From Reefs Magazine

By Rich Ross

Honest conversation about contentious issues has always been a mainstay in my personal and professional life. I have prided myself on hitting those conversations head on…until about 2 years ago when some people involved in the marine aquarium world tried to hurt me professionally and personally over something that had nothing to do with aquarium keeping. As a result, I pulled back from head-on kinds of conversations. I am not going to go into the details here because they aren’t important – though I did, in the process, watch a few bridges burn, which is something I normally avoid, but which felt surprisingly good in this context.

The entire experience made me keenly aware of the fact that, though I pride myself on direct communication, I was vulnerable to the potential repercussions of honesty. So I pulled back a bit, all the while wondering, what I would say if I really wasn’t worried about repercussions? What would I say if I was truly free to say what I really wanted to say? What I would write to the reef keeping world if I were dying and had nothing to lose? More »

Published in Bioflux

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From Wired by 


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Nestled among giant fish tanks at the California Academy of Sciences, there’s a black box—just big enough to hold six aquariums and maybe five humans. What it lacks in size, though, it makes up for in preciousness: Running here is a experiment that could help save corals from annihilation.

The corals in these tanks are reproducing sexually. Which is weird, because even out in the wild, coral spawning is a fragile process, easily disrupted by changes in temperature and acidity. Reproduction has to be precisely timed with the phases of the moon, and it occurs just once a year, as corals release great clouds of sperm and eggs that mix together, fertilize, and descend once more to the seafloor.

Corals are animals, not plants; each organism is made up of lots and lots of polyps. Some species can reproduce asexually, essentially producing clones of themselves. But not the ones in this black box, which are somehow spawning away thanks to some fancy technology and a team of doting humans.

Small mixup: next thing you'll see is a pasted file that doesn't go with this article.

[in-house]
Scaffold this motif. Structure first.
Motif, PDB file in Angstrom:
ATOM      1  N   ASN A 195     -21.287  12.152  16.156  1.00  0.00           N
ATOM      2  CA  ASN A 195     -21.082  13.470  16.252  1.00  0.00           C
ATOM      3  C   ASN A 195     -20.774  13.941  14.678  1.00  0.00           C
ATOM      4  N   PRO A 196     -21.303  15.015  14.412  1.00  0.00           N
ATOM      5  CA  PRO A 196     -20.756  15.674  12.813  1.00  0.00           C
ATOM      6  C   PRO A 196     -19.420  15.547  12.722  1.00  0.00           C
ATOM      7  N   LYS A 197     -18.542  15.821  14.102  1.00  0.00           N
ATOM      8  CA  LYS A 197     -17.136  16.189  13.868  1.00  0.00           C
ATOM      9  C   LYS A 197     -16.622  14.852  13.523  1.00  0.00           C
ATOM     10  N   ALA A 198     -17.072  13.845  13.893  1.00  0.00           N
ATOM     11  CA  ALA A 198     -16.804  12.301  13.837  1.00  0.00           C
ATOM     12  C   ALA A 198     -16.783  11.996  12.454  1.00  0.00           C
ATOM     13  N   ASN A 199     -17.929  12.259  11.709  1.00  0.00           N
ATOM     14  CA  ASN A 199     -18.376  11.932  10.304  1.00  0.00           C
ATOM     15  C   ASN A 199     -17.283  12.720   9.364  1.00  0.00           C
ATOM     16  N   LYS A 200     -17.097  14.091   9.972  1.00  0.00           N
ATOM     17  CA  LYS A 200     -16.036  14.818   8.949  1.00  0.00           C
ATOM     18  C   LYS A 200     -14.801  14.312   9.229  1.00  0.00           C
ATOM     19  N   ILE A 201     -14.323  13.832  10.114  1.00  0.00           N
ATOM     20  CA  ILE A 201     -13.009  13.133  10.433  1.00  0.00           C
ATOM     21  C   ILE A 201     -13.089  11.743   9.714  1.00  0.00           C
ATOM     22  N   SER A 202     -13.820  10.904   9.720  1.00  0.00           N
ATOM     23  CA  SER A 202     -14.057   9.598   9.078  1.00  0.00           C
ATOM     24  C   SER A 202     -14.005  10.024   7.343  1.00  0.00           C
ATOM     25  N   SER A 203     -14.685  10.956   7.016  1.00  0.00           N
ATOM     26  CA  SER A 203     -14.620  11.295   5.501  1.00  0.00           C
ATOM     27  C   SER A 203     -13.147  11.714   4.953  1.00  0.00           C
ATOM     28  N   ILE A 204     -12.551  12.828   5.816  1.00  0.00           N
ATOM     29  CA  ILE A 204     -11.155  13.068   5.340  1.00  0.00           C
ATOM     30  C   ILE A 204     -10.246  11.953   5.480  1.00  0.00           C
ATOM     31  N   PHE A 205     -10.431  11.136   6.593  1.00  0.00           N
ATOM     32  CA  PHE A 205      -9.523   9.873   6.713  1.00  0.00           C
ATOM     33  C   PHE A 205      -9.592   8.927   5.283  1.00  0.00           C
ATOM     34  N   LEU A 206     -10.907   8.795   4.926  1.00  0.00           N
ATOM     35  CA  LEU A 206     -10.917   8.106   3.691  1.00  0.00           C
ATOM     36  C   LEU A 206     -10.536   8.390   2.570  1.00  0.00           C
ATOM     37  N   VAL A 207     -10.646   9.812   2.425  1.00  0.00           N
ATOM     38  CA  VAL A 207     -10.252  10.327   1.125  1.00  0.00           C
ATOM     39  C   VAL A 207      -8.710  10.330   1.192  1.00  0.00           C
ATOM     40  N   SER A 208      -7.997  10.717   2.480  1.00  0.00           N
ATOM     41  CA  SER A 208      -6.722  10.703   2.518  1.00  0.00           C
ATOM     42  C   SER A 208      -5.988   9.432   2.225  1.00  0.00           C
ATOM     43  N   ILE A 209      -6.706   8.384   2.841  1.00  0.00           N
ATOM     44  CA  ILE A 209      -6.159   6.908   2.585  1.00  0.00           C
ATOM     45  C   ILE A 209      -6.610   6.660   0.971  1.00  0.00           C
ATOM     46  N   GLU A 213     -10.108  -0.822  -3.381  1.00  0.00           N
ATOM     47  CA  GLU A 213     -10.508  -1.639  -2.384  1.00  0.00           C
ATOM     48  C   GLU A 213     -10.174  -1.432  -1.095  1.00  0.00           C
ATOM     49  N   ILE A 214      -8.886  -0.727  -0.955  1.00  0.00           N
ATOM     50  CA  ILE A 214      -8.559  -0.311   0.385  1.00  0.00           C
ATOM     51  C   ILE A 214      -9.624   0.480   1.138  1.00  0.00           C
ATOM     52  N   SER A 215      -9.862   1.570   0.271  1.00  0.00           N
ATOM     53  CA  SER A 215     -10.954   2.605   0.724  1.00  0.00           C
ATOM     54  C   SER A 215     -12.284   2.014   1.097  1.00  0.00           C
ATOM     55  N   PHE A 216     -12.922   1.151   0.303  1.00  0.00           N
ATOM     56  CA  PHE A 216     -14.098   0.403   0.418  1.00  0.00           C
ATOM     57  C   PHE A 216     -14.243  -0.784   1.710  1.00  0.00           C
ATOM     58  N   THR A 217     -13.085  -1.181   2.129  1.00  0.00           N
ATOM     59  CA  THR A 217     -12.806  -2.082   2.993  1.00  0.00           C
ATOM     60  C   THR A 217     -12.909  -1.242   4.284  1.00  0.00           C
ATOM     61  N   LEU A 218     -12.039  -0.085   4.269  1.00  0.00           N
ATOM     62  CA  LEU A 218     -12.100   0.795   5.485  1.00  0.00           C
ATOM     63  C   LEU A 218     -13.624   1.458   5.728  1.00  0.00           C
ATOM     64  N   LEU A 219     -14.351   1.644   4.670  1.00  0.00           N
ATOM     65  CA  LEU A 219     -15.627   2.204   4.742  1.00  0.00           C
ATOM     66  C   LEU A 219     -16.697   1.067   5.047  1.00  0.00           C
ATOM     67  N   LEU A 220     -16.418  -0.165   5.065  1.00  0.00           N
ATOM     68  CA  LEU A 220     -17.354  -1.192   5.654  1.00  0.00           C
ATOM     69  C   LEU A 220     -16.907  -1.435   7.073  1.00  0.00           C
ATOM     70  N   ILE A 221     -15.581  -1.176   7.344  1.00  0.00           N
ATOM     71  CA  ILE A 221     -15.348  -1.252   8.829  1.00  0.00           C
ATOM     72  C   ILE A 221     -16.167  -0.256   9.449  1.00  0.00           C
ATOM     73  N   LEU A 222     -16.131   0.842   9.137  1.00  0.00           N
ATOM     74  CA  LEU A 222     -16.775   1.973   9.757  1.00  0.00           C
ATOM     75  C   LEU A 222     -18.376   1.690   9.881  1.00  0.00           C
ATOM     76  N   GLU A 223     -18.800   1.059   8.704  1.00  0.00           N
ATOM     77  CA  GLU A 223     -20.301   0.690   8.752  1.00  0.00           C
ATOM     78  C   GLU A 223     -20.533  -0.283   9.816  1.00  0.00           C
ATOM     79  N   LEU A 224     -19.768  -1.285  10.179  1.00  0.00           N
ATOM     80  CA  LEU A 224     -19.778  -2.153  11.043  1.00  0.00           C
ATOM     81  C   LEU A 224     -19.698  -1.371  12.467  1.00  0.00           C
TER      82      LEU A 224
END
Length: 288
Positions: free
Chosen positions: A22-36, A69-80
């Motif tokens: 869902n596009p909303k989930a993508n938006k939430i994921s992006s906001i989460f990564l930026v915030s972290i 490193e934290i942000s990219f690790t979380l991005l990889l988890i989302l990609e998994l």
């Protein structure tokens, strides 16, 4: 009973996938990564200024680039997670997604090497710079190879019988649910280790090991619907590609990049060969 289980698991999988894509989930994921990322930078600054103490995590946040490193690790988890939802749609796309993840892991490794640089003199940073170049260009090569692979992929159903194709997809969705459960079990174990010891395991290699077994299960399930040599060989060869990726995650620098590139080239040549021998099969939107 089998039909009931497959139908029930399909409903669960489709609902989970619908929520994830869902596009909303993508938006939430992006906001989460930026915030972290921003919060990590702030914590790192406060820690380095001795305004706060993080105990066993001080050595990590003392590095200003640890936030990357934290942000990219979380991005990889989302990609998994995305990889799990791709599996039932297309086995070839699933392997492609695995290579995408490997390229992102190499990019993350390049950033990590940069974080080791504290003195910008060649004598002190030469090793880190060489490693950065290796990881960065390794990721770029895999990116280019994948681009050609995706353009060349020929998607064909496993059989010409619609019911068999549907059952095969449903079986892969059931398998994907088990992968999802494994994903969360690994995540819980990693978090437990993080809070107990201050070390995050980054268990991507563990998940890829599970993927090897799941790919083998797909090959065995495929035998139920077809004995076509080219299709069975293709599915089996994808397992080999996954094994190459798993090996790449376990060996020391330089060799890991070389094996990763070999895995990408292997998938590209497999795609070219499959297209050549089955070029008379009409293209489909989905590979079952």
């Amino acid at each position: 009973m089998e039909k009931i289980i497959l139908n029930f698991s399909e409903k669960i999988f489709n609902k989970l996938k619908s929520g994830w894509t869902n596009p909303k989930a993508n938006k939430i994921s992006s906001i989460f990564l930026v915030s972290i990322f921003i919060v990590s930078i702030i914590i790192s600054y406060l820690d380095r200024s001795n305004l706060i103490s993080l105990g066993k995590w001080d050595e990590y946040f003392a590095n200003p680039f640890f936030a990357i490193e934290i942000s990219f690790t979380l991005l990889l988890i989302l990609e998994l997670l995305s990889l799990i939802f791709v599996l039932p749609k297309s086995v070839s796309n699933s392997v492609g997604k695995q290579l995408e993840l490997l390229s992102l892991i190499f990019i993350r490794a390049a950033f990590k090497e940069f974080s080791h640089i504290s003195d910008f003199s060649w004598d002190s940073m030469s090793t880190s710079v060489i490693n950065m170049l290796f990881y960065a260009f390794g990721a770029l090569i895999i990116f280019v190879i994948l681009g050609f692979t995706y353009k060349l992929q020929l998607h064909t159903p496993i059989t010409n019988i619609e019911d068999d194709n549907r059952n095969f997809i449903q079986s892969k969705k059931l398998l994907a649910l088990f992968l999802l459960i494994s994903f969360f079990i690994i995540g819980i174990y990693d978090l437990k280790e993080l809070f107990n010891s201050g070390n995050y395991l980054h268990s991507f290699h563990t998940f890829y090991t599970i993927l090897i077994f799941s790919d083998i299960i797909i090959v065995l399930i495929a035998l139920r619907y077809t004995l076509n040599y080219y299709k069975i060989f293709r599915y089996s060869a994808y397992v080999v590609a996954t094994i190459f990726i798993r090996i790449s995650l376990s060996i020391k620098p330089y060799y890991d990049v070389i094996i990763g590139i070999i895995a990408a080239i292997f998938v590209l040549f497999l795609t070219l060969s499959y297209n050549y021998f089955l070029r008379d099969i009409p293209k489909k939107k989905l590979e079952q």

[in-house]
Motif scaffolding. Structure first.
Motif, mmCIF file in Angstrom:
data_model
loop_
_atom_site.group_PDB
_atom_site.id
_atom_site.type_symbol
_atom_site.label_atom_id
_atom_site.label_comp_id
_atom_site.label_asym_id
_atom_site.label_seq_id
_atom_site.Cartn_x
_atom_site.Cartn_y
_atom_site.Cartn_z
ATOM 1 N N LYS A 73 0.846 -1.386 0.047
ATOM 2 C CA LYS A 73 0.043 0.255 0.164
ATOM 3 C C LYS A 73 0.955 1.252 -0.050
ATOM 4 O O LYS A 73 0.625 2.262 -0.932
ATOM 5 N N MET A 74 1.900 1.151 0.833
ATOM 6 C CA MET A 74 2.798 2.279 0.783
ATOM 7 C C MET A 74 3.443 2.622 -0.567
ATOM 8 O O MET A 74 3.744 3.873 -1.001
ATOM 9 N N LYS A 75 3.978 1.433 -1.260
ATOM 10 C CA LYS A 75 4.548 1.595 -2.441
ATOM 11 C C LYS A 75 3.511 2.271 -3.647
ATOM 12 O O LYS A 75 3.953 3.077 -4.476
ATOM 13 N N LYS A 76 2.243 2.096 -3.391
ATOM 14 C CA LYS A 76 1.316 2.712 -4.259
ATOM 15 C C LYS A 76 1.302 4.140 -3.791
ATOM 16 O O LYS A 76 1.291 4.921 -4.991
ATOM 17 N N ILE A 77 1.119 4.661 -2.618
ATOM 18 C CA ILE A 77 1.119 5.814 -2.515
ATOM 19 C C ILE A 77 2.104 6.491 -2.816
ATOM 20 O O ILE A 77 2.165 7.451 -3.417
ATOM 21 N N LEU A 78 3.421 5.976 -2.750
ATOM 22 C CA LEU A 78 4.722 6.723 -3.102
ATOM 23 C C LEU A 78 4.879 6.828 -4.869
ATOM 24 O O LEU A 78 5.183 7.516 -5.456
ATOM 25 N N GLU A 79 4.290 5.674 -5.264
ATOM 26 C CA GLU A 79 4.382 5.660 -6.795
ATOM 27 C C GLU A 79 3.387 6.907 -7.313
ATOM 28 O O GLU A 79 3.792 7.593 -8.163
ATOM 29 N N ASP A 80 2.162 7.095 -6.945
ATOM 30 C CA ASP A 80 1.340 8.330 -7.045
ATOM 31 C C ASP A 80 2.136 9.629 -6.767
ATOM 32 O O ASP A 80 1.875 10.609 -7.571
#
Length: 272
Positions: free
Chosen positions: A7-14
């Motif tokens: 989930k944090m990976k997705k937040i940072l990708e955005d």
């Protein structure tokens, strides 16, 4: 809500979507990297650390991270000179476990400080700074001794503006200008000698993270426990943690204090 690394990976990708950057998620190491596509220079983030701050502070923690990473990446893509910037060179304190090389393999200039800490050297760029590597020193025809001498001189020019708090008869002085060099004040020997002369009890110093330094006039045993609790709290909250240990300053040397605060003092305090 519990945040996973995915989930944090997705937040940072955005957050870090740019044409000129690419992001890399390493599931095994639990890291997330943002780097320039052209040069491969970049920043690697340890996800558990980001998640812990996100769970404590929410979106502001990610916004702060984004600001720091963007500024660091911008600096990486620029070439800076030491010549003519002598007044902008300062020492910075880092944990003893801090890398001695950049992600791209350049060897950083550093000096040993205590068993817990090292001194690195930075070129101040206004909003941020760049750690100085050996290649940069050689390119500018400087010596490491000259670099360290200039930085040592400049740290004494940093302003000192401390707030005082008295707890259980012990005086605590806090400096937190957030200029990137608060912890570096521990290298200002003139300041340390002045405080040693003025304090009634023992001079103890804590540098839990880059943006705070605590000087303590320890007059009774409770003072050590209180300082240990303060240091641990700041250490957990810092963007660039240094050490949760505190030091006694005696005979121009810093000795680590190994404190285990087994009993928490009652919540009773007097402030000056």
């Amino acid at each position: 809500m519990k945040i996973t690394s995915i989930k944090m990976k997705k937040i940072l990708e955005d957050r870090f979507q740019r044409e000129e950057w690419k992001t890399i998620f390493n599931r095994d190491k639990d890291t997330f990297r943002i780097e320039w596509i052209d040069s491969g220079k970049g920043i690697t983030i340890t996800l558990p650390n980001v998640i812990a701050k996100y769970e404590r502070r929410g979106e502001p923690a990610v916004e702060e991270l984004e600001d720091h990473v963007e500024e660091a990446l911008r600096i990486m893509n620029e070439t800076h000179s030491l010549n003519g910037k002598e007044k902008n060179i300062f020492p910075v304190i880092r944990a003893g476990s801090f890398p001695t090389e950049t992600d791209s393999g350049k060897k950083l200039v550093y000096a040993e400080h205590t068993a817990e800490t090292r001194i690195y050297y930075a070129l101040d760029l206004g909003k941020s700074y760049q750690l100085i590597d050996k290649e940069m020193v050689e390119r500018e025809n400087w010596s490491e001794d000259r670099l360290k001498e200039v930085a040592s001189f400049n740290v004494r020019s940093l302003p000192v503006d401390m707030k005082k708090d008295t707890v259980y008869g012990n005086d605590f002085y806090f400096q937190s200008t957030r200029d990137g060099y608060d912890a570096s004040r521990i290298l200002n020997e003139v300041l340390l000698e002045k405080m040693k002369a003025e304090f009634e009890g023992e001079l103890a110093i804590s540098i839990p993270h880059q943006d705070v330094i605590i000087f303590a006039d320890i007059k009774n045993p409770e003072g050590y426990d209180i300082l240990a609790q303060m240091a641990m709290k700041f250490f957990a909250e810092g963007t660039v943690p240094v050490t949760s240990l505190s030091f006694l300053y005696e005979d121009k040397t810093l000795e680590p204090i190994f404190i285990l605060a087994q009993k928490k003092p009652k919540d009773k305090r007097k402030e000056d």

Researchers have brought gravid corals back to the lab before, where they immediately got down to business. But the Academy of Sciences is on the verge of establishing a more permanent population that could reproduce year after year, allowing researchers to perform crucial long-term studies. That’d make this only the second lab to do so, after London’s Horniman Museum. If it works, these scientists could turn corals in model organisms, like fruit flies and mice. They’d have a reliable population to study in detail over multiple generations.

“We built this whole dark room, but that’s only the first part of it,” says Rich Ross, aquarium biologist at the Academy. “What really comes into play is controlling the light—the moonlight, the temperature, and the intensity of all that light. The coral spawn is triggered by all of those factors.” More »

From Science Friday

Full-time biologist—part-time cephalopod matchmaker, Richard Ross invites us into his secret home lab where he studies the mating rituals of the lesser Pacific striped Octopus.

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